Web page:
DEFINITION of cost of carry (CoC)
The cost of carry appertains to costs incurred as a result of an investment position.
WHAT IT IS IN ESSENCE
These costs can cover financial costs, such as the interest costs on bonds, interest expenses on margin accounts. And the interest on loans used to purchase security.
They can also include economic costs, such as the opportunity costs associated with taking the initial position.
The CoC or carrying charge is also a cost of storing a physical commodity, such as grain or metals, over a period of time.
The carrying charge includes insurance, storage, and interest on the invested funds as well as other incidental costs.
In interest rate futures markets, it refers to the differential between the yield on a cash instrument and the cost of the funds necessary to buy the instrument. If long, the cost of carry is the cost of interest paid on a margin account.
Conversely, if short, the cost of carry is the cost of paying dividends.
Or rather the opportunity cost; the cost of purchasing particular security rather than an alternative. For most investments, the cost of carry generally refers to the risk-free interest rate. Traders can affect CoC by investing currency in a theoretically safe investment vehicle. Like a money market account minus any future cash flows from holding an equivalent instrument with the same risk.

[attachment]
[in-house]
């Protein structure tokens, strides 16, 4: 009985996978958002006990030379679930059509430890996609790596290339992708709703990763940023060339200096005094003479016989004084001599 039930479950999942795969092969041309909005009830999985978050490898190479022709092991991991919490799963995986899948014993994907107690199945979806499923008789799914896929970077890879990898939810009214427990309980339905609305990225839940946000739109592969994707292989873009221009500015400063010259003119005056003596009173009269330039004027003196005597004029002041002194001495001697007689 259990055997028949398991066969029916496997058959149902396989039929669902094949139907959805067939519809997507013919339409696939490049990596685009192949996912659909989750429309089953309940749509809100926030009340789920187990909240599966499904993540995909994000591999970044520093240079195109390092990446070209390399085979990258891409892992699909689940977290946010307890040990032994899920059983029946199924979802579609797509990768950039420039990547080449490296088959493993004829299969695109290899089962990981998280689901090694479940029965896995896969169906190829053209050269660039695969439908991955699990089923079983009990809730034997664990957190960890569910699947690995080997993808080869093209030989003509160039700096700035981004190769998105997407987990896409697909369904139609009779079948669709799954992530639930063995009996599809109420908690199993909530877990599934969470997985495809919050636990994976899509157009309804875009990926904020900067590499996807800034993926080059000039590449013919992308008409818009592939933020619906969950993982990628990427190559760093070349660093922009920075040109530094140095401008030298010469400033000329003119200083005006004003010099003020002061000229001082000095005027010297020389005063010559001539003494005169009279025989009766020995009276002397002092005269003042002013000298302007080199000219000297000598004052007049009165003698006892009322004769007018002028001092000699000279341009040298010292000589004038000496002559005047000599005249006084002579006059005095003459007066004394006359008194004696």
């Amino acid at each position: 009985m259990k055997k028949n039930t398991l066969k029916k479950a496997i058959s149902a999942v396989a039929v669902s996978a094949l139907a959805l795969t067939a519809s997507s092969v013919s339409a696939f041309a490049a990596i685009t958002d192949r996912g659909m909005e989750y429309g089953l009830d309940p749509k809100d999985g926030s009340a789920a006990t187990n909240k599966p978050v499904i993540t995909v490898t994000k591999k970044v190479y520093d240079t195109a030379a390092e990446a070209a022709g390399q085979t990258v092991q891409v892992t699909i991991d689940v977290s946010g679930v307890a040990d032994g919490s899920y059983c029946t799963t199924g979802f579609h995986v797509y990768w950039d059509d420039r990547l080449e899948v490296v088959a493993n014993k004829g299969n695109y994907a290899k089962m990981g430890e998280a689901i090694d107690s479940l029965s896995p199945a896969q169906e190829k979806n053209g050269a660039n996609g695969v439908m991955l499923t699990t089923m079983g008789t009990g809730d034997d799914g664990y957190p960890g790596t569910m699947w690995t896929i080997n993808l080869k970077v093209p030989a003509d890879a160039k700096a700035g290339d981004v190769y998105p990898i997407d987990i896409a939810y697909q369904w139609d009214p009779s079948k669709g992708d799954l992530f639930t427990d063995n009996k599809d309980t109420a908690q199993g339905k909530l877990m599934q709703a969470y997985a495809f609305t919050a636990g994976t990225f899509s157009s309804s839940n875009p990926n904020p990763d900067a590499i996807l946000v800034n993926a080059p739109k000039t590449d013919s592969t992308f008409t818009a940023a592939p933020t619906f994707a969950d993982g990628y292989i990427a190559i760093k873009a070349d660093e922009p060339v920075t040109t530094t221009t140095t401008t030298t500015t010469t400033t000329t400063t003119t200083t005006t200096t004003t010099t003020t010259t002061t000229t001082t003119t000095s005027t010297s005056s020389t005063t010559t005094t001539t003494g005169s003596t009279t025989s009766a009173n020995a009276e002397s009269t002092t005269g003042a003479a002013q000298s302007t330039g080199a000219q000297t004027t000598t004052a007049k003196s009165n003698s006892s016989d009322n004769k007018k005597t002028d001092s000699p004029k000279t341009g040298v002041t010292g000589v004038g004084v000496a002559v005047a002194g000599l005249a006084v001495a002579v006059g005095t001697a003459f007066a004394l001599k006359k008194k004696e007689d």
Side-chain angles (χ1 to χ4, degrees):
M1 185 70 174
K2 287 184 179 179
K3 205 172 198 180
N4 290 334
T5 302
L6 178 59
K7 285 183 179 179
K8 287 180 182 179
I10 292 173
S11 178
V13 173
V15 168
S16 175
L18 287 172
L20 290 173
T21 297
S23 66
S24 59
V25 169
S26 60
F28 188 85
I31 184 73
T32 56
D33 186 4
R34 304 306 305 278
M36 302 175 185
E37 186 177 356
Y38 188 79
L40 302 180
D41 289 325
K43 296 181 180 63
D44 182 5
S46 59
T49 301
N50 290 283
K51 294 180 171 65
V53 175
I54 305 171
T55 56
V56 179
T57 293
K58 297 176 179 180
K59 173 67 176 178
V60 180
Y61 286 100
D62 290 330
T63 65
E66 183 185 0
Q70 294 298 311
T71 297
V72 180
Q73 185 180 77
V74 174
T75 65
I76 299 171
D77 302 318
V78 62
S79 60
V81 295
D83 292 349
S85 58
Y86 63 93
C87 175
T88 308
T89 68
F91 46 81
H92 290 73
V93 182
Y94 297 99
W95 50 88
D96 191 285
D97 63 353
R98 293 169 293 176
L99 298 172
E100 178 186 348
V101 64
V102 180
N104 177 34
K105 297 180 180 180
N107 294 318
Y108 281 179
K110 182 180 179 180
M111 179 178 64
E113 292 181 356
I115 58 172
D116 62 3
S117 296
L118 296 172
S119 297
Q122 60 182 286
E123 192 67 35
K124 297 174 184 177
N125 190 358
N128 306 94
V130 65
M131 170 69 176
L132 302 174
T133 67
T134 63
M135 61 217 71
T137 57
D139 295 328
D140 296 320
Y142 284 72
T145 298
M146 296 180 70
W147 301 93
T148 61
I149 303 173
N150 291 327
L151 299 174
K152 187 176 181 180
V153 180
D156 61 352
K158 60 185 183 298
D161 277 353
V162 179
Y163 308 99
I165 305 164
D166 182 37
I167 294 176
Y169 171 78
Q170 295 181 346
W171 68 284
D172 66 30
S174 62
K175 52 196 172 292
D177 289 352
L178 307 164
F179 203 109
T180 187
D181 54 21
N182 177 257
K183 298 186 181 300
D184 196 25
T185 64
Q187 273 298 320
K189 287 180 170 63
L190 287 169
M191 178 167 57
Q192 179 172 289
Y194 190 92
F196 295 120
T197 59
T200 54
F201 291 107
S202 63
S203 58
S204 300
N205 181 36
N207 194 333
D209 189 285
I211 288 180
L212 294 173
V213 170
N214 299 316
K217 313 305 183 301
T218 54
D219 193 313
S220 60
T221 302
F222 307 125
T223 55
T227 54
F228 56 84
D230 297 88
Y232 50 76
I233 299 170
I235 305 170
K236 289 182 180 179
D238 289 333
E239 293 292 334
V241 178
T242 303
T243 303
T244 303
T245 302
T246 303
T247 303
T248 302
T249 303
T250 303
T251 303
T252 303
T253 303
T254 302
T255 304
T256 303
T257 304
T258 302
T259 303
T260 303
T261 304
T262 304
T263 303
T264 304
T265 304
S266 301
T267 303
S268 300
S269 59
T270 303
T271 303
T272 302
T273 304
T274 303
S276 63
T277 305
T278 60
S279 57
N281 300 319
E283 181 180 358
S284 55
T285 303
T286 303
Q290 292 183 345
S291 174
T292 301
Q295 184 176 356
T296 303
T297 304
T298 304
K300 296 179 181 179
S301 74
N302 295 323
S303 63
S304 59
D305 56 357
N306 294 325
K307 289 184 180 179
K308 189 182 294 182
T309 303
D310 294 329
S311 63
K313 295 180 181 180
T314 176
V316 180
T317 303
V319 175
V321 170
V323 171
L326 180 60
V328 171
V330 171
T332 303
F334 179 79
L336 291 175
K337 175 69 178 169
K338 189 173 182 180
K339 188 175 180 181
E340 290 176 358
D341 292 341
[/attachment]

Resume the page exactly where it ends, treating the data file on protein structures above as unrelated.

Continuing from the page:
Generally, it is expressed in percentage terms and called the convenience yield.
The risk-free interest rate is part of this cost. Dividend payouts from the underlying are not part of the CoC.
Storage costs generally represent a percentage of the spot price. And they have to be part of the cost of carry for physical commodities such as corn, wheat, or gold.
HOW TO USE
Traders often refer to CoC to gauge market sentiment. Analysts interpret a significant fall in the cost of carry as an indicator of an impending fall in the underlying. When the CoC for a stock future rises, it means that traders are willing to incur higher costs for holding the position.
And, thus expect a rise in the underlying.
CoC is expressed as an annualized figure in percentage.